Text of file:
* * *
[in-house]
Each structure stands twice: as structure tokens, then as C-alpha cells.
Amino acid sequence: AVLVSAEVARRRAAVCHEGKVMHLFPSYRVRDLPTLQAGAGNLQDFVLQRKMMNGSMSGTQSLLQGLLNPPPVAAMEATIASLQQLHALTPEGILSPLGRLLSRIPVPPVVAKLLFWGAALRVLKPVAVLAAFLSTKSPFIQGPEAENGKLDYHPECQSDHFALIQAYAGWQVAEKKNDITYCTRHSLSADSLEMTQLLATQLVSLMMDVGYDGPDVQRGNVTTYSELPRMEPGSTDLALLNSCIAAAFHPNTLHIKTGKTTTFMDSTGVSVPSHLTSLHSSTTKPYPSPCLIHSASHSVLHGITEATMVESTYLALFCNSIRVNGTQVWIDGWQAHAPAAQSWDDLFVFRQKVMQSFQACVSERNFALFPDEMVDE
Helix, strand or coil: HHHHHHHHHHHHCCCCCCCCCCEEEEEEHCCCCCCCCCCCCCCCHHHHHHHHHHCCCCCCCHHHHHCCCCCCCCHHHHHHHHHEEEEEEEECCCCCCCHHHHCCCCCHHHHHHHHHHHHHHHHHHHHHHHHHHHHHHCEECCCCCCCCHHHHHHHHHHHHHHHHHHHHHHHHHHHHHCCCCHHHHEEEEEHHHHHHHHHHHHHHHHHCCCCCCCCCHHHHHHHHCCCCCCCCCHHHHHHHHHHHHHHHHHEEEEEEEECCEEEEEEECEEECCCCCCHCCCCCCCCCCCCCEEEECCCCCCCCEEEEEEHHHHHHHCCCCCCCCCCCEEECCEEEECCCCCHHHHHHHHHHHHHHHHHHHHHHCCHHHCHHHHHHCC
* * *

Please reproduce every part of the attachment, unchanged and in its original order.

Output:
[in-house]
Each structure stands twice: as structure tokens, then as C-alpha cells.
Amino acid sequence: AVLVSAEVARRRAAVCHEGKVMHLFPSYRVRDLPTLQAGAGNLQDFVLQRKMMNGSMSGTQSLLQGLLNPPPVAAMEATIASLQQLHALTPEGILSPLGRLLSRIPVPPVVAKLLFWGAALRVLKPVAVLAAFLSTKSPFIQGPEAENGKLDYHPECQSDHFALIQAYAGWQVAEKKNDITYCTRHSLSADSLEMTQLLATQLVSLMMDVGYDGPDVQRGNVTTYSELPRMEPGSTDLALLNSCIAAAFHPNTLHIKTGKTTTFMDSTGVSVPSHLTSLHSSTTKPYPSPCLIHSASHSVLHGITEATMVESTYLALFCNSIRVNGTQVWIDGWQAHAPAAQSWDDLFVFRQKVMQSFQACVSERNFALFPDEMVDE
Helix, strand or coil: HHHHHHHHHHHHCCCCCCCCCCEEEEEEHCCCCCCCCCCCCCCCHHHHHHHHHHCCCCCCCHHHHHCCCCCCCCHHHHHHHHHEEEEEEEECCCCCCCHHHHCCCCCHHHHHHHHHHHHHHHHHHHHHHHHHHHHHHCEECCCCCCCCHHHHHHHHHHHHHHHHHHHHHHHHHHHHHCCCCHHHHEEEEEHHHHHHHHHHHHHHHHHCCCCCCCCCHHHHHHHHCCCCCCCCCHHHHHHHHHHHHHHHHHEEEEEEEECCEEEEEEECEEECCCCCCHCCCCCCCCCCCCCEEEECCCCCCCCEEEEEEHHHHHHHCCCCCCCCCCCEEECCEEEECCCCCHHHHHHHHHHHHHHHHHHHHHHCCHHHCHHHHHHCC